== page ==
This site is now running on Joomla 1.5 Stable with the design rebuilt as 1.5 native template. This is a major rewrite of this powerful opensource CMS. I have been using it for a few years for variety of sites including massarted.org, a portal for the Massachusetts College of Art + Design’s Art Education Department and thenoise-boston.com, a music zine that’s been covering the Boston music scene for more than 25 years!(and the web for more than 10).
I am also rebuilding the rockopera.com site with Joomla. Even though the company remains dormant, there’s some news to report and plenty of archival stuff I’d like to get back online. Look for more additions later this spring.
You can now join me at Linked In. I’m just getting around to joining this professional networking site and have already found a few colleagues and old friends.
I am interested in discovering ways to constructively use new media in education, both in the classroom, and as a communication tool for educators. My thesis, Reflections in the Screen, explored new media’s role in the classroom and examined the virtual worlds of the graphical interface and ways it has become integrated into our visual literacy. In addition, I believe, it is also fundamentally changing the way we learn and remember.
Some of my older research and coursepages are located at
10 week Syllabus
Overview of weekly progress for an informal hands-on mural designing and painting class.
Web Design with kids: I have been teaching basic web design and computer art to Somerville middle school students through a 21st Century Schools grant. The course covers coding and using a web editor along with creating original art using limited resources. Because we have little useful software, we use web resources to create a lot of our web art. A course homepage gives the students a starting point with lots of great links, and reminds them of their weekly projects. The student’s website projects are kept on a school server, behind a firewall.
Social Networking, tagging and feeds, oh my
The Internet has created instant access to a staggering array of information and experiences. From this, a culture of Internet collectors has emerged (of links, downloads, friends, virtual currency in online worlds). An interesting example of a collaborative weblinking site is del.icio.us. I have been using it to store and tag my web finds since early 2004. Users create a web-based links account and tag links however they choose. Over time, a pattern of interests (yours and others) will emerge. One can easily make RSS feeds from tags and serve the links on other web pages or share with other del.icio.us members. I have not been exploring the social aspects of this site much, but find the community to be an excellent resource for information on a wide range of topics.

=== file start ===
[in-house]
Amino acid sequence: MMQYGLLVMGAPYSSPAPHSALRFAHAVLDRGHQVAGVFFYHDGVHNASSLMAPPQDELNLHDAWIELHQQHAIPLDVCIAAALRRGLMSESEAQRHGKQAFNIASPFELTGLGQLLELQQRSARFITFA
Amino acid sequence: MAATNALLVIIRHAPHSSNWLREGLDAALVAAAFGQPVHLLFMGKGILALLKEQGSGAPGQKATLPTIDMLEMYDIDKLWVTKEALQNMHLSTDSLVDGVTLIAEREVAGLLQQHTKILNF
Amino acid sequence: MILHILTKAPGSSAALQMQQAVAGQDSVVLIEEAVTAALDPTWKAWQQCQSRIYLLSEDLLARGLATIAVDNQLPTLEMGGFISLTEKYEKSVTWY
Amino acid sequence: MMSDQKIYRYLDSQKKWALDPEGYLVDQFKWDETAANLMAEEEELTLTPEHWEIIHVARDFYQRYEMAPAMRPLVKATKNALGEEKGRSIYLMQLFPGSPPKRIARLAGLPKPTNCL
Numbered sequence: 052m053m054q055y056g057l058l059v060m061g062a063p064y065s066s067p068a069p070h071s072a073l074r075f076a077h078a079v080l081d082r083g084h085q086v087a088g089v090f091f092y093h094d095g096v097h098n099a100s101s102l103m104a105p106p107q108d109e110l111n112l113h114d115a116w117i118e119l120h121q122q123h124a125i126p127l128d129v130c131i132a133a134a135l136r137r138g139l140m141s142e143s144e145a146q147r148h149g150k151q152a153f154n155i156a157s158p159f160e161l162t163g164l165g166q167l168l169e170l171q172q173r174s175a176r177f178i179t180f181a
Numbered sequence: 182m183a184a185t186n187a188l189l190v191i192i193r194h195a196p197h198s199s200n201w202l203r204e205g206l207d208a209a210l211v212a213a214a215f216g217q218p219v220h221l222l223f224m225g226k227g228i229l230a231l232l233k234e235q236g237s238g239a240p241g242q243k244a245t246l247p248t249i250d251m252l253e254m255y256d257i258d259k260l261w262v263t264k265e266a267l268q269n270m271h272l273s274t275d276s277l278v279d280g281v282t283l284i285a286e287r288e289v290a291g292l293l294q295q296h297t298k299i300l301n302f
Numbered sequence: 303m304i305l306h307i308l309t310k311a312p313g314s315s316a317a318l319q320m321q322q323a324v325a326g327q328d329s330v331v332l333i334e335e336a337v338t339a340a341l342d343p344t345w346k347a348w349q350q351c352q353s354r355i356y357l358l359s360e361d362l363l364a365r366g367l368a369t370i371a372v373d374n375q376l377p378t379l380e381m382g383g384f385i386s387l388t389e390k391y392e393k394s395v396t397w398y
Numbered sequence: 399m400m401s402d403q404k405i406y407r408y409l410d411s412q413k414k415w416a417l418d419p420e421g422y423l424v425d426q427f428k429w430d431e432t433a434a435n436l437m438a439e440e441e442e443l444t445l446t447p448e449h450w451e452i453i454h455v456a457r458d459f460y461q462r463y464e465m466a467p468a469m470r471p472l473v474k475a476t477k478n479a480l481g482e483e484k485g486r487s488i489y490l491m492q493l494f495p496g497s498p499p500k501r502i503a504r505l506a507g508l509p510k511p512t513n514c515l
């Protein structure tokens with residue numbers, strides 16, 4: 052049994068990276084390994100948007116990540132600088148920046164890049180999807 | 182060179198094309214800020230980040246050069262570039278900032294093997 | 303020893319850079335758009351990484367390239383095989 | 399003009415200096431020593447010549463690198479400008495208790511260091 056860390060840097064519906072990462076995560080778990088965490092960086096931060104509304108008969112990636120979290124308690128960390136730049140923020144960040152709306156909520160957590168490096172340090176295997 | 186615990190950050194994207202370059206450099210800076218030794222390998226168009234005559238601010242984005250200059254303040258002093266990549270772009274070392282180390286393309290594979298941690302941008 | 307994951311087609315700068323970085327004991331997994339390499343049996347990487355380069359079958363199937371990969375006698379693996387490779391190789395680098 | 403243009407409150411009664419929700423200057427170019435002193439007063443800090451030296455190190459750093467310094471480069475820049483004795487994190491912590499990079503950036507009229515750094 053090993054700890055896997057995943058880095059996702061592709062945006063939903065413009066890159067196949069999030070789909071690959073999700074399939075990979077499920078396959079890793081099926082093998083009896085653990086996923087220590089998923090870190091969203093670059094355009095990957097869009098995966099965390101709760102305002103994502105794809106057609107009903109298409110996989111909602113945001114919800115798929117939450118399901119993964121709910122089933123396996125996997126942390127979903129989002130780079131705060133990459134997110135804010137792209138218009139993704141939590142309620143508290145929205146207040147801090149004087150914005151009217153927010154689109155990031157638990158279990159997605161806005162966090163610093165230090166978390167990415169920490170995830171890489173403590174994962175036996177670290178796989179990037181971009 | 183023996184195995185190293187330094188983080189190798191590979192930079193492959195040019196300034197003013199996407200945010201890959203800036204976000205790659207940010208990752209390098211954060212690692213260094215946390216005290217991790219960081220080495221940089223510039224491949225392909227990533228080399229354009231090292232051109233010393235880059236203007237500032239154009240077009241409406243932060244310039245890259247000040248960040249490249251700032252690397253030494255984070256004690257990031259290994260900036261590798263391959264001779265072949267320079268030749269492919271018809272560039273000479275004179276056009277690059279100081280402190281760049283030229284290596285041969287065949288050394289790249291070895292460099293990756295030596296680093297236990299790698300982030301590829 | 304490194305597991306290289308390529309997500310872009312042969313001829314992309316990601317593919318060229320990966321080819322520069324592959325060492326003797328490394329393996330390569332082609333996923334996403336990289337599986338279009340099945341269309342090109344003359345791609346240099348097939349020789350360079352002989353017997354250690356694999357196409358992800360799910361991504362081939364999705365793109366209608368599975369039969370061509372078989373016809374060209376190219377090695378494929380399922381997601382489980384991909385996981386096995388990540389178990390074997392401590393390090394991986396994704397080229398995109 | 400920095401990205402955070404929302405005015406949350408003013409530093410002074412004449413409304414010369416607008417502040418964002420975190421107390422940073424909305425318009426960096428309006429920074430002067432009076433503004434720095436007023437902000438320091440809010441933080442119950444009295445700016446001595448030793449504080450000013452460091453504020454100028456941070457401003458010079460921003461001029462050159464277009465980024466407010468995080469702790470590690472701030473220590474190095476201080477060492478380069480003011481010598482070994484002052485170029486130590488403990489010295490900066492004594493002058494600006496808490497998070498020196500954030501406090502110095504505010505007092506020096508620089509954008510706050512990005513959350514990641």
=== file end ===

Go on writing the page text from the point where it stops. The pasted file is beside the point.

My account home: http://del.icio.us/elr
Links tagged education: http://del.icio.us/elr/education
Links tagged art: http://del.icio.us/elr/art
I have been exploring wiki-based collaboration since 2003. At MassArt, we’ve explored a few different wiki engines and have used them for course collaboration, student pages and quick pages. The Art Education courseware (which I currently manage) uses Moodle to serve course-based easy-to-use wiki’s. Wiki’s are, essentially, a way to serve editable pages on the web. Some use simple wiki code for markup, which is then written as HTML pages by the wiki. Some newer wiki engines use a visual text editor to make markup easier.
While teaching an introductory art course for High School juniors, I kept a simple Weblog at BlogSpot – all of the instructors in the summer program did that year – where the students could post their “homework” and I could keep a syllabus. I asked them to consider the following works. Most of these students had little exposure to modern art.The next day I presented a detailed slide show of 20th century art.
Issues and Images
Course blog for Massachusetts College of Art, Summer Studios course. 2006. weblog/curriculum >>
Animation Basics, Developing a Story.
Hand out idea sheet for basic animation or comic book illustration.
Ask your main characters some questions before you try and draw them. You may have to get personal to see what makes them tick. Keep in mind that your character may or may not tell you everything. You’ll learn more about them as your story unfolds.
20 questions for your character
1. What is your name?
2. How old are you?
3. Are You a man? a woman? something else?
4. Where do you live?
5. Where are you from?
6. What do you look like?
7. Who are your parents?
8. What do you do?
9. Do you believe in a God?
10. Who do you admire?
11. What music and art do you like?
12. Are you happy or sad?
13. What makes you angry?
14. What makes you strong?
15. What makes you weak?
16. How are you special?
17. What is your secret?
18. Who was your first love?
19. What has hurt you?
20. What scares you?
Describe your character in a few sentences.
Now, draw a picture of your character!
Questions adapted from: 20 Questions for Characters by Matt Madden & Jessica Abel